For the last 4 weeks, I’ve been sharing with you 4 ways to use the law to keep more money in your business. We started with the simplest of these strategies and now we’ve arrive at the most sophisticated: Own trademarks and copyrights in a separate business solely for that purpose.

If you’re a thought leader—if you are building a business on what you have to say and what you have to teach—this is a highly valuable strategy for you.

How you own your intellectual property matters, just like how you own your business matters. Ownership of each needs to fit your business’s strategy for growth.

Let’s take a step back a sec and be clear: ownership of your business and ownership of its trademarks and copyrights can be separate and independent of each other. Your business does not need to own trademarks and copyrights because it uses them. This is due to their nature.

Here, I’m advocating that no only can your business not own the trademarks and copyrights it uses but that it should not.

Here’s the deal: Trademarks and copyrights are assets. And you can choose to protect those assets not only from your personal liabilities but also from your business’s liabilities.

Sounds kind of crazy, doesn’t it? I just shared with you that trademarks and copyrights make up 75% or more of what your business is worth and that they are the only assets you own as a thought leader. Why, then, would you want to take what makes your business valuable OUT of your business?

Owning trademarks and copyrights in a separate business just for that purpose, called a holding company, gives you two distinct advantages—which over the life long journey of a business could save you from loosing (a lot of) money.

1.  A Holding Company Gives You Protection

You’re in business for the long haul. You don’t know what’s going to happen over the course of a career. Your service business may need to declare bankruptcy. YOU may need to declare bankruptcy. Think this is impossible? Many highly successful entrepreneurs have gone through bankruptcy, some more than once. You can name some of these entrepreneurs, I bet. Why? Because we’re risk-takers. Sometimes things fail, and we have to start again.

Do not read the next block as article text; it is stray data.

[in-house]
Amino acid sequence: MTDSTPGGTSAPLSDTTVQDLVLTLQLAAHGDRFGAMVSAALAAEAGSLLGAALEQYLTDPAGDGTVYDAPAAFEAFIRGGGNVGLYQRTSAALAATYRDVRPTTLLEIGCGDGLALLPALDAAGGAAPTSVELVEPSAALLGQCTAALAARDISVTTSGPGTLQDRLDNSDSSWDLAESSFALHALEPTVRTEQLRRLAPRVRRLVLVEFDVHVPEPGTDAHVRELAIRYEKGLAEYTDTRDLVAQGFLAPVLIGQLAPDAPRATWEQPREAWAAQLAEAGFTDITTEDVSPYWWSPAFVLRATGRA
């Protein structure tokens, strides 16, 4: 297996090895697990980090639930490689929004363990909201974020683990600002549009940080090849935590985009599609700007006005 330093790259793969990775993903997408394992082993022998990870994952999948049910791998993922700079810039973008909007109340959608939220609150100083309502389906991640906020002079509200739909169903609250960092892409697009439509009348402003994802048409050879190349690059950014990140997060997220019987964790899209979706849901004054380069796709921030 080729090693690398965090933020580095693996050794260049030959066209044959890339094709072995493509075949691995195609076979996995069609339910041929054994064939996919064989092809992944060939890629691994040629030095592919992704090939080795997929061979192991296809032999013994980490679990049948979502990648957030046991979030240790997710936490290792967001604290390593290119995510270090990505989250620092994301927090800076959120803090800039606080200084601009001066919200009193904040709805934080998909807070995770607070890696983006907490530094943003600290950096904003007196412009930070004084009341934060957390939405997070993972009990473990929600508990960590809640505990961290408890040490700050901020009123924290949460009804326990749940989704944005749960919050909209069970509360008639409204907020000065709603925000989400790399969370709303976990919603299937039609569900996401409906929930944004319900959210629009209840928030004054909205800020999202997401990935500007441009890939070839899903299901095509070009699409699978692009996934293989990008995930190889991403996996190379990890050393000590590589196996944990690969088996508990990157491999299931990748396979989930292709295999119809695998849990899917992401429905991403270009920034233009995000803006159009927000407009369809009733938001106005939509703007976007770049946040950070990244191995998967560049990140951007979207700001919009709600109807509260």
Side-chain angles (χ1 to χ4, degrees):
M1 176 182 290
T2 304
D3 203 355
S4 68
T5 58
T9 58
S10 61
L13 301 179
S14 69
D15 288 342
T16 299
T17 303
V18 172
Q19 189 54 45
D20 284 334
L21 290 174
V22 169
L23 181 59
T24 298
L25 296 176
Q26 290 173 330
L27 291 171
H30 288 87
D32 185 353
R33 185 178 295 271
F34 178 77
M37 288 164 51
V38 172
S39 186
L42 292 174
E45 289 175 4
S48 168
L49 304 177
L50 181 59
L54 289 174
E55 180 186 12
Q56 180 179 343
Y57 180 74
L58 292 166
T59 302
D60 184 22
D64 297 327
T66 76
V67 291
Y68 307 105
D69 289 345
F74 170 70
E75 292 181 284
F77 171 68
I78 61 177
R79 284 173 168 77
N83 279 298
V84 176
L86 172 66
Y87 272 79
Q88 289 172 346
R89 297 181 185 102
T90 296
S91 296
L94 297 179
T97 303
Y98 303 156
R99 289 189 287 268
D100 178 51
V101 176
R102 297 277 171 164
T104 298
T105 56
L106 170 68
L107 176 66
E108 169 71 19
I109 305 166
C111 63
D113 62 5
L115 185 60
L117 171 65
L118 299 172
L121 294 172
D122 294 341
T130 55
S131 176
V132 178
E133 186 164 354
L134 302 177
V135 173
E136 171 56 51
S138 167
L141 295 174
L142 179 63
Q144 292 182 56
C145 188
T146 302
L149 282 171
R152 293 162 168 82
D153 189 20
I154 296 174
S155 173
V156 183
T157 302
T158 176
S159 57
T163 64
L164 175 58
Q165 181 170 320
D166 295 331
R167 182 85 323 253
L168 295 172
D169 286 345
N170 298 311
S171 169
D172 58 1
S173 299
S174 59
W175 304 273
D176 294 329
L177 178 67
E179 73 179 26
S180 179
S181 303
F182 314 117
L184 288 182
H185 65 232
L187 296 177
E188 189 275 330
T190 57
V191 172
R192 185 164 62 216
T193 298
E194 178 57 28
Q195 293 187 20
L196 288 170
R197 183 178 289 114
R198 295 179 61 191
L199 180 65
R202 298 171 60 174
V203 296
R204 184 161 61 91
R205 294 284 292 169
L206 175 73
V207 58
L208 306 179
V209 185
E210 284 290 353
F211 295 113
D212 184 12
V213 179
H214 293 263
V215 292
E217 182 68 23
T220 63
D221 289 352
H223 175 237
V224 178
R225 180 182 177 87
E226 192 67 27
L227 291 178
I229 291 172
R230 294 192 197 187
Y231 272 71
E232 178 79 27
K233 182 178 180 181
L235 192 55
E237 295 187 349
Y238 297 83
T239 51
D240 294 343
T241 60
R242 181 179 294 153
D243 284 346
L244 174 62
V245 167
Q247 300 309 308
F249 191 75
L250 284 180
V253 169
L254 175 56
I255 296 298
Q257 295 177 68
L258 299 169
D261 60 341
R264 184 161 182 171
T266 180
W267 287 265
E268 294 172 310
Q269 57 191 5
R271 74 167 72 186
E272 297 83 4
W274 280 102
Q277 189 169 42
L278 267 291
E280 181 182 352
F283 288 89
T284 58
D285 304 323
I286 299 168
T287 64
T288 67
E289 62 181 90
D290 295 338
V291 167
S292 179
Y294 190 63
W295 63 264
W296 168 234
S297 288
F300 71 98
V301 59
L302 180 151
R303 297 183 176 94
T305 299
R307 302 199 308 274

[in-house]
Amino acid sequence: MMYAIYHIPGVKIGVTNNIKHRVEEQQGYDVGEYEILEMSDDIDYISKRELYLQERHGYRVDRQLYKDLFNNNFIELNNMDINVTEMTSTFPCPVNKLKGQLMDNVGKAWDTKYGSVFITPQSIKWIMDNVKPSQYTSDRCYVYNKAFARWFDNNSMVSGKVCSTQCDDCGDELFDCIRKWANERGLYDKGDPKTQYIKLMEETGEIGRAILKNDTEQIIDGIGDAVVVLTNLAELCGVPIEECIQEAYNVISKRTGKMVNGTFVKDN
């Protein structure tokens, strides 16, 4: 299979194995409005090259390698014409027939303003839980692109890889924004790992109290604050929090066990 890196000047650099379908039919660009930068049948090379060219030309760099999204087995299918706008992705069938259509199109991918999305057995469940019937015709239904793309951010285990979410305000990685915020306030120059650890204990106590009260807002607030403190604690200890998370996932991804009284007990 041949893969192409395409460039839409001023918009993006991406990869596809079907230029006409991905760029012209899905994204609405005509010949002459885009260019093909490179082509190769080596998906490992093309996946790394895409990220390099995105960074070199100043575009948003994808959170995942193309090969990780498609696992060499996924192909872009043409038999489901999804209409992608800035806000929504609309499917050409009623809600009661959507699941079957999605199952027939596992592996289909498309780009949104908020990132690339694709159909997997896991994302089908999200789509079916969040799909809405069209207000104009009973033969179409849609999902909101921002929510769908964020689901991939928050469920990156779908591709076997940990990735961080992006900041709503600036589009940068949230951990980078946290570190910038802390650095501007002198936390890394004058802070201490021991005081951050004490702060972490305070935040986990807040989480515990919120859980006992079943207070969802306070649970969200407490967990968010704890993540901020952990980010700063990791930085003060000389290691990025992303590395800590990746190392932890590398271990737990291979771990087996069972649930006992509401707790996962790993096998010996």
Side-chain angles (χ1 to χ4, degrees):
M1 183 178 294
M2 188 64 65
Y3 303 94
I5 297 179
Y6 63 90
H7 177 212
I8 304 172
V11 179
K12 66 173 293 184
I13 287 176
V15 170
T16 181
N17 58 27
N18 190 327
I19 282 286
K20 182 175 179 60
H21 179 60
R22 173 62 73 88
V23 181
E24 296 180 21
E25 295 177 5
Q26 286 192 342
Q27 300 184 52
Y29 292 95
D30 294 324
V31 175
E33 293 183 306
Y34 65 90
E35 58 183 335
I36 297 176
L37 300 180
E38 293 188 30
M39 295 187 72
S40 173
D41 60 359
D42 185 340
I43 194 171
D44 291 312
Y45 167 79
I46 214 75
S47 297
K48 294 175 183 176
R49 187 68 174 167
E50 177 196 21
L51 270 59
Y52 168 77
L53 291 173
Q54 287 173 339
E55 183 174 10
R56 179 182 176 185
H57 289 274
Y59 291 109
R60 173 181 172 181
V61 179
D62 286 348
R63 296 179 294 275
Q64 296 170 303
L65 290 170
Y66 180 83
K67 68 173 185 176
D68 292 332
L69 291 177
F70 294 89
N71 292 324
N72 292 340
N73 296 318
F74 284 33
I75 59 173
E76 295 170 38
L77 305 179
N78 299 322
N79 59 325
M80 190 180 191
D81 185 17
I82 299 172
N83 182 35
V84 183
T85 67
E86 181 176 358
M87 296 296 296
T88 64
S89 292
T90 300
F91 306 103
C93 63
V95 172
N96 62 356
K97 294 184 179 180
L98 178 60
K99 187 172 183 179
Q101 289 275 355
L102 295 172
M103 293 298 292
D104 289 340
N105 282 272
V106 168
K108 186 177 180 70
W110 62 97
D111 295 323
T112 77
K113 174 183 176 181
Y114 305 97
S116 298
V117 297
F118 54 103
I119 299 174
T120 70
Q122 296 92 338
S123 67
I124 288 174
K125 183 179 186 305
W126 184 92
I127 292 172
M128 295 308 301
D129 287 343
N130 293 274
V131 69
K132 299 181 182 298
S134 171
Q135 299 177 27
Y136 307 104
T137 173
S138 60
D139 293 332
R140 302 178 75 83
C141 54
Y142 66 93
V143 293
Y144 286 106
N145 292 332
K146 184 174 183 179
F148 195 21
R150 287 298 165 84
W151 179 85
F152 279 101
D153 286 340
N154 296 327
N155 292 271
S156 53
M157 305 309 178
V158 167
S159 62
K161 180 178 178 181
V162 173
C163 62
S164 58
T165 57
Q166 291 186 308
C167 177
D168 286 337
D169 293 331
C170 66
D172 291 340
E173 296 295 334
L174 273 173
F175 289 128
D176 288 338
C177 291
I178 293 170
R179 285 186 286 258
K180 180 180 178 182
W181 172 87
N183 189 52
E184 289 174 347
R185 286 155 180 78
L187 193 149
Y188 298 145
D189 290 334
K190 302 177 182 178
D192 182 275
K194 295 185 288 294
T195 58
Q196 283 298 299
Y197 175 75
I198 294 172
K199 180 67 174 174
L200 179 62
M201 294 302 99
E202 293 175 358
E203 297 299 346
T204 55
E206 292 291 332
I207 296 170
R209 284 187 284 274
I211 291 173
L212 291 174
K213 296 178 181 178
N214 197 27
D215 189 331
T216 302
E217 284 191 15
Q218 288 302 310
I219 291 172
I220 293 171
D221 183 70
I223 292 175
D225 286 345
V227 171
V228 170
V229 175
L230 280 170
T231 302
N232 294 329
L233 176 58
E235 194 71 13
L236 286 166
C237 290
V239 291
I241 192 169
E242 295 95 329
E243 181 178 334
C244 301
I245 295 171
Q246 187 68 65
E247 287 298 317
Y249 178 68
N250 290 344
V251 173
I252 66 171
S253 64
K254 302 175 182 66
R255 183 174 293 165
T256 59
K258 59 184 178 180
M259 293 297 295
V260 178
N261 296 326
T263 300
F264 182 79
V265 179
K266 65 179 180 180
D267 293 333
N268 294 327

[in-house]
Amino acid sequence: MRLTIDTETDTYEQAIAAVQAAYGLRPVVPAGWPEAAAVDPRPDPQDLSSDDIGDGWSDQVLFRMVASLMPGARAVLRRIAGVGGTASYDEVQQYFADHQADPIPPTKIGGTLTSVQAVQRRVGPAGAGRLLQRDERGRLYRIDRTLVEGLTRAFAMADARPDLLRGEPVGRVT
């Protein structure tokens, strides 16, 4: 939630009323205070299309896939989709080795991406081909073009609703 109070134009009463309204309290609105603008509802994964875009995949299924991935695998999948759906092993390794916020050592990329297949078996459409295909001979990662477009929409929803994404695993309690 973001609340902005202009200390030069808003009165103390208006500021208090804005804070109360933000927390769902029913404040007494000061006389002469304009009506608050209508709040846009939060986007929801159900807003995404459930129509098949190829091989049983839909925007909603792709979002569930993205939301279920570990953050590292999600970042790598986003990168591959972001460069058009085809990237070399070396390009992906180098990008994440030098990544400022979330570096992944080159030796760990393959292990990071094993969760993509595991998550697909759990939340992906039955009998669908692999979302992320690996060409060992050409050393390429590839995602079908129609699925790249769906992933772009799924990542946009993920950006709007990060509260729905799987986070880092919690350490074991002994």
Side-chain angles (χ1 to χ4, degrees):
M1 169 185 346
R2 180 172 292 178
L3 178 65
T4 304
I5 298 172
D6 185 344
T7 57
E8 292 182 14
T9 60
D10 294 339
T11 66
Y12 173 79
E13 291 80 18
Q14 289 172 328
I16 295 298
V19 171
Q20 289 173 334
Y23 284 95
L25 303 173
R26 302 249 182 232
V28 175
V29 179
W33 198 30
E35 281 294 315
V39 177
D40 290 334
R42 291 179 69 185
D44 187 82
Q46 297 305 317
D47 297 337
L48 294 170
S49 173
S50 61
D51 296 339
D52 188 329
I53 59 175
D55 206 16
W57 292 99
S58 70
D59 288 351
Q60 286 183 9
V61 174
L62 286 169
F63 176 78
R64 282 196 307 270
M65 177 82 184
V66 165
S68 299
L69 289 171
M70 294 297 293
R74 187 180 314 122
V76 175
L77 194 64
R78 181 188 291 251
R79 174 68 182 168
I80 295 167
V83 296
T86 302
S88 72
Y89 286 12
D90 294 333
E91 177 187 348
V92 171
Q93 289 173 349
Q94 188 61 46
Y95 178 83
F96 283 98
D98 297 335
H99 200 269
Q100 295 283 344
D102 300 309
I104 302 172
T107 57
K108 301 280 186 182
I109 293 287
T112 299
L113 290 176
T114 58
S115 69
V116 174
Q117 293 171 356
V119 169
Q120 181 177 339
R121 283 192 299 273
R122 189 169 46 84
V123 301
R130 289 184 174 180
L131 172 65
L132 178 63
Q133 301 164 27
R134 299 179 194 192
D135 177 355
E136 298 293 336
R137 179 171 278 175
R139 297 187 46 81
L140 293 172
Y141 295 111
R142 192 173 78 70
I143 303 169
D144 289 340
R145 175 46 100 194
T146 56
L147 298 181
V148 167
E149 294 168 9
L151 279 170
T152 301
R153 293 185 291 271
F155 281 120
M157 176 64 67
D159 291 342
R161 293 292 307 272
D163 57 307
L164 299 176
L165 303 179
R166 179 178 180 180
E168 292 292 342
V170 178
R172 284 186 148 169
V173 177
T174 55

If your business owns your intellectual property and it goes bankrupt, guess what? Your intellectual property goes with it. If it’s worth anything to anyone else, it’s used as a set of assets to pay off creditors.

2.  A Holding Company Gives You Flexibility

If you own your intellectual property in a holding company, it does not go into the bankruptcy with your business. You can use it to start over.

I have a client who did exactly this. We’ll call her Kim. (Rest easy, I have changed all identifying information.) Kim is the foremost thought leader in her field. She pioneered it over a 30 year career in 7 books. And those books were the core of the consulting services that her business provided.

When Kim called me, her business was struggling under debt and had stagnated in revenue, for multiple reasons that kept Kim up at night. She was considering an investor, who wanted 51% ownership of her business and her intellectual property. This left Kim feeling like, in order to move her business forward, she needed to sign over majority ownership and control of her life’s work to someone else.

(Did your stomach sink? Mine did too.)

In talking with Kim, I found out that she’d been given excellent advice decades ago and owned all of her books in a separate business. This meant that an investor could own 51% of her consulting business without owning any of her intellectual property. I thought Kim was going to cry right there. Her voice cracked.

Kim did not take on that investor; instead, a year later, the consulting business declared bankruptcy. And Kim used her intellectual property, which was kept out of the bankruptcy, to create info products and an entirely new business model.

That, my dear thought leaders, is how you create the opportunity for new growth out of failure.

© 2014 Counsel to Creativity LLC